The Mapmaker's Children by Sarah McCoy appealed to my love of historical fiction. I was intrigued to read about the family of abolitionist John Brown and what happened them after he was hanged in the mid-1800s. McCoy created a compelling portrait of his Sarah Brown and I felt great sympathy for her as she navigated life as a feminist and an abolitionist on her own right. There were some great lines especially this one just after Sarah's father had been executed for helping slaves be free. It sounds like it could have applied to current issues: " People are more capable of love and benevolence than they realized. The collective public voice did not always represent the individual heart. Yes, there are terrible men doing terrible deeds to other men. Men in this very town who abused others based on the color of their skin..."
But McCoy decided to create a dual story with a modern day woman living near Harper's Ferry, West Virginia and that was irritating. The switching back and forth between the historical drama of Sarah Brown and the story of Eden Anderson and her family travails just didn't work for me. Yes, there were many connections between the two plot lines but they still seemed inadequate and contrived. I enjoyed each story separately for different reasons, but I didn't like them side by side.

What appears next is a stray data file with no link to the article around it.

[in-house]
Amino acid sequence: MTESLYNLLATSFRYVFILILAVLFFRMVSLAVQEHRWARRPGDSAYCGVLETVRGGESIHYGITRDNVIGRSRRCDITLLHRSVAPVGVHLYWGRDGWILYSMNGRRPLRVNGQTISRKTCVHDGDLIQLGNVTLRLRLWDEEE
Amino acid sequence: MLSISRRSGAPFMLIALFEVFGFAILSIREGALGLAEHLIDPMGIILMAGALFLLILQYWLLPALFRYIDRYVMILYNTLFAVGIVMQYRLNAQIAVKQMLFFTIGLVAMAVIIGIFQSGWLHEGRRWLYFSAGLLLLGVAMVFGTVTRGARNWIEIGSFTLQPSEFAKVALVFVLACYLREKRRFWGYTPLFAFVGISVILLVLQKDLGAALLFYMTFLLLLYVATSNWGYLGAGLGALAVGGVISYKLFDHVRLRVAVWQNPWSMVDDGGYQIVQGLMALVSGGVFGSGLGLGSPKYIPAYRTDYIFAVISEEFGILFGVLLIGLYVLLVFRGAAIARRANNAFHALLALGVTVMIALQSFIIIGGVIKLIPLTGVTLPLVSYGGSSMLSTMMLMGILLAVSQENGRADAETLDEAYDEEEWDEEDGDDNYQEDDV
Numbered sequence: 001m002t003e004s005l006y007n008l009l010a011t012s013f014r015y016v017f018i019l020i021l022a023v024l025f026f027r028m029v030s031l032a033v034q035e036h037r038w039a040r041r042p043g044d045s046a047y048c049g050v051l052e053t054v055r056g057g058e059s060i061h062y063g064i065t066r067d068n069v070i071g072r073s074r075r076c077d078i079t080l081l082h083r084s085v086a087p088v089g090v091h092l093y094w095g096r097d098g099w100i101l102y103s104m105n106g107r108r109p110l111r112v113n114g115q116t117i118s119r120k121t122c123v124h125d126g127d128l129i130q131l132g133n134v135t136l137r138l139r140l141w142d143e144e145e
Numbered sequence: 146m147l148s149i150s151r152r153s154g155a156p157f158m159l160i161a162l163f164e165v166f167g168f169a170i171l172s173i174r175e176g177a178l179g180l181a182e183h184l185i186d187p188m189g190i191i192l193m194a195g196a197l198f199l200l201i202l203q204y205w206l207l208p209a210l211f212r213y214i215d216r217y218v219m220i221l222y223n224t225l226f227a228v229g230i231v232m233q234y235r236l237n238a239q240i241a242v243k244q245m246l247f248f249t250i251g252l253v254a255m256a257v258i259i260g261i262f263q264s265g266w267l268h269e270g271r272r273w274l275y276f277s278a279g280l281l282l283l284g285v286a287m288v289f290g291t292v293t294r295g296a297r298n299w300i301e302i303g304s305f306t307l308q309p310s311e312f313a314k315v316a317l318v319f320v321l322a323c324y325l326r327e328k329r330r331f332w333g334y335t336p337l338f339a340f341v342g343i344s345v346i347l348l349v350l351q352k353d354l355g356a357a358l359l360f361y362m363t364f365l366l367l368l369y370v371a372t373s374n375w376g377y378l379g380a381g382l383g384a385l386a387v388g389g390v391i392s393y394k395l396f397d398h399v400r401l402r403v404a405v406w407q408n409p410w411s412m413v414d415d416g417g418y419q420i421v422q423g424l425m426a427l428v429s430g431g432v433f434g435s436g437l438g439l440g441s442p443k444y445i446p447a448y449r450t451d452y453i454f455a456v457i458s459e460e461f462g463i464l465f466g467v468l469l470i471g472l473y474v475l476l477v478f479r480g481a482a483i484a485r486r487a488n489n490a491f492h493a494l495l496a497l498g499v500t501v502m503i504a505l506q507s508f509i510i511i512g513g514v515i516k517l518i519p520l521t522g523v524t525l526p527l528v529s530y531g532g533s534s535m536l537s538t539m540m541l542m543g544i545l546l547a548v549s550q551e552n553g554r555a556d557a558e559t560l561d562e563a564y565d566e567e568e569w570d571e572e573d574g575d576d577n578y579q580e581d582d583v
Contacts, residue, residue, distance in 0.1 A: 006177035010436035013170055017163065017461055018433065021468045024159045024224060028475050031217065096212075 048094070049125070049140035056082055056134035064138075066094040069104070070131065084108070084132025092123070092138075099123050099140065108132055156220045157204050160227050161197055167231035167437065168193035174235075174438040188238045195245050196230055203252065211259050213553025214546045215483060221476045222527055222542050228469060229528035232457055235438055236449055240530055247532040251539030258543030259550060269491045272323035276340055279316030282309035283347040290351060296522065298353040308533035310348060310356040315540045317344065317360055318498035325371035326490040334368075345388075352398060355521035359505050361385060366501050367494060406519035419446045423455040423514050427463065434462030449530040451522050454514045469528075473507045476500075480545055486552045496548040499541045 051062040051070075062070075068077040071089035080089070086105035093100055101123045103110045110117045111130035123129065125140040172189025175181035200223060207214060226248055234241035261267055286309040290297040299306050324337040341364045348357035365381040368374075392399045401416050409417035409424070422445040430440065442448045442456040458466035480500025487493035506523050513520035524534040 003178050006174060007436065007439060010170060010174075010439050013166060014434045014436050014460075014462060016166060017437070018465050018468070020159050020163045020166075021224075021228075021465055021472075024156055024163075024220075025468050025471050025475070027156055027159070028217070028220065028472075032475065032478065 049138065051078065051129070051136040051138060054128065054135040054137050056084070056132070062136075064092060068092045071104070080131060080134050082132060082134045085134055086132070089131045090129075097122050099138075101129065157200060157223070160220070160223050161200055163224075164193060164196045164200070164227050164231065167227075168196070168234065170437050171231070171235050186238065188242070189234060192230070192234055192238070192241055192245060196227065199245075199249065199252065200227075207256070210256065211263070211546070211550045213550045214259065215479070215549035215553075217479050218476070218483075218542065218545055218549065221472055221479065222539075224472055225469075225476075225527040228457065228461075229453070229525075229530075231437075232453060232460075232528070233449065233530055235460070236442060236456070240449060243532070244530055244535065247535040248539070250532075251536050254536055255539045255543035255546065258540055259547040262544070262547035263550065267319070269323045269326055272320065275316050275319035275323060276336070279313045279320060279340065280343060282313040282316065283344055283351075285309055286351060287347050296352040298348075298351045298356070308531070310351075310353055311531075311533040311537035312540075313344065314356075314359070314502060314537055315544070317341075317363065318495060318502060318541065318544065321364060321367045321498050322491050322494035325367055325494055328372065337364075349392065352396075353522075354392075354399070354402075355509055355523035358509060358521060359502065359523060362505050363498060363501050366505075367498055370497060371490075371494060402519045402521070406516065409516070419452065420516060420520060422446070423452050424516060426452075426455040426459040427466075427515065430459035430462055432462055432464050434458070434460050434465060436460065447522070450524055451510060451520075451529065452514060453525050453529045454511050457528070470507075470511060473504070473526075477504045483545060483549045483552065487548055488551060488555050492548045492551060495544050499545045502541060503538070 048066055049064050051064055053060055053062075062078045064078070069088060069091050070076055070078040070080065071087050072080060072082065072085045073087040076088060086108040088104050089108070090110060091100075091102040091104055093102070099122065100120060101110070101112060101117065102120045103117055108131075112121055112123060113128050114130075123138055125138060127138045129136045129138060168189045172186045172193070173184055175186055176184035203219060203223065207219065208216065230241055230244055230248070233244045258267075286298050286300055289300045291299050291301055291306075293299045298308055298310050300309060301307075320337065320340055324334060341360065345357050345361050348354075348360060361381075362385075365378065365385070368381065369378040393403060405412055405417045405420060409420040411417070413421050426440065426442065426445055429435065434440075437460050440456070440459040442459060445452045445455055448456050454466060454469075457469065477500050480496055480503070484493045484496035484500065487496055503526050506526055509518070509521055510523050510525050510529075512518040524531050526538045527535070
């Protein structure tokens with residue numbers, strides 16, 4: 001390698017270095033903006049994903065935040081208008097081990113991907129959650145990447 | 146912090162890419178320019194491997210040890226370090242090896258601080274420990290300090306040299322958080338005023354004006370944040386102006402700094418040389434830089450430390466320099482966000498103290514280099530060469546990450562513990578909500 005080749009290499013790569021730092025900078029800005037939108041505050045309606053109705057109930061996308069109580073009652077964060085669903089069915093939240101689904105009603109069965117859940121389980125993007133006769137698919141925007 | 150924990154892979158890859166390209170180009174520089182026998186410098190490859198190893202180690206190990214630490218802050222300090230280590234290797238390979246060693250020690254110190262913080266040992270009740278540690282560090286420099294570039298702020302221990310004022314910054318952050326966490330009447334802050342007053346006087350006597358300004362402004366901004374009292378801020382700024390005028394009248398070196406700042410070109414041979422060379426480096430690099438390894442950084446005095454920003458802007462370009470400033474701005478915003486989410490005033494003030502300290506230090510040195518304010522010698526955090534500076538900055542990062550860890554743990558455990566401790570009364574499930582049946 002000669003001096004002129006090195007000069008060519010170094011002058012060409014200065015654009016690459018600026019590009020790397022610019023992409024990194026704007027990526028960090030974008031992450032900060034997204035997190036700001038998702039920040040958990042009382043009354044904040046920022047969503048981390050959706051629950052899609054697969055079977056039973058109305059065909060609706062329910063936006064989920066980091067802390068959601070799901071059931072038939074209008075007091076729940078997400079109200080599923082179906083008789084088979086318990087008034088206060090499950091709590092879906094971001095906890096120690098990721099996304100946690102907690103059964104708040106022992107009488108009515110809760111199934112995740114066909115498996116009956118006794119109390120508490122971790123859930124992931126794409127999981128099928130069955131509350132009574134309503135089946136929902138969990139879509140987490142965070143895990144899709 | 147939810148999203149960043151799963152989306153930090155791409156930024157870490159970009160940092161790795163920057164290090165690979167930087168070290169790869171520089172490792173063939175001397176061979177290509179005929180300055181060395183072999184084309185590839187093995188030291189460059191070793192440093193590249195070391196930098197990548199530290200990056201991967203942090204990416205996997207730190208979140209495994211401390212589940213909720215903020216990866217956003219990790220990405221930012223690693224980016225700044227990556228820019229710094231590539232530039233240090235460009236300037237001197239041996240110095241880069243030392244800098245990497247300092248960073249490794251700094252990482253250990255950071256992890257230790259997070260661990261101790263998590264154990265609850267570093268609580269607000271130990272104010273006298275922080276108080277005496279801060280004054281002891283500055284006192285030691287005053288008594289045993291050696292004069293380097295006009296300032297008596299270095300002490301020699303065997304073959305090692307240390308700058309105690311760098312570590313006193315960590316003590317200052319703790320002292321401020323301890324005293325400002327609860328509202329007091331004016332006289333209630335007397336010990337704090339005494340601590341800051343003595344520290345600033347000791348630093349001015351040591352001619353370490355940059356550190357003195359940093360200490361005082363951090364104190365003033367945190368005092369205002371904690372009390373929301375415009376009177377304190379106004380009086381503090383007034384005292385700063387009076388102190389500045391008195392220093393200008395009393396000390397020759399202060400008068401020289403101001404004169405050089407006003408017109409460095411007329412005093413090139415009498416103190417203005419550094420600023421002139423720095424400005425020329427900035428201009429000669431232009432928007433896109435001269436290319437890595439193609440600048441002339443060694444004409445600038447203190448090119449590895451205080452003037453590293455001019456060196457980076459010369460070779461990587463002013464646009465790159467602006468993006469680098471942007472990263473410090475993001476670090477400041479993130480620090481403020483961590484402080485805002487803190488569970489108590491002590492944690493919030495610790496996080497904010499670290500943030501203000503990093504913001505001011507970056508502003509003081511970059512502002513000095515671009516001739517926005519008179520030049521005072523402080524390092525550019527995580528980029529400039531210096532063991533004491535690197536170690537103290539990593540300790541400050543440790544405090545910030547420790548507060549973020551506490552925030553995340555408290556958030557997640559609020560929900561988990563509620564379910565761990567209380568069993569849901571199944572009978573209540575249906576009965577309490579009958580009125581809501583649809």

This book was similar in many ways to The Orphan Train by Christina Baker Klein, which I read for my book club earlier this year. In The Orphan Train, the plot lines switched back and forth and the book felt like a middle school audience novel. At least in that book the different stories come together (albeit predictably) in the end. But I didn't like that book either. Switching between historical fiction and modern stories has been overdone and The Mapmaker's Children felt amateurish. I feel guilty giving a book a negative review, because I appreciate the effort and know I couldn't do any better. But I feel readers need to know. I received this book from Blogging for Books for this review.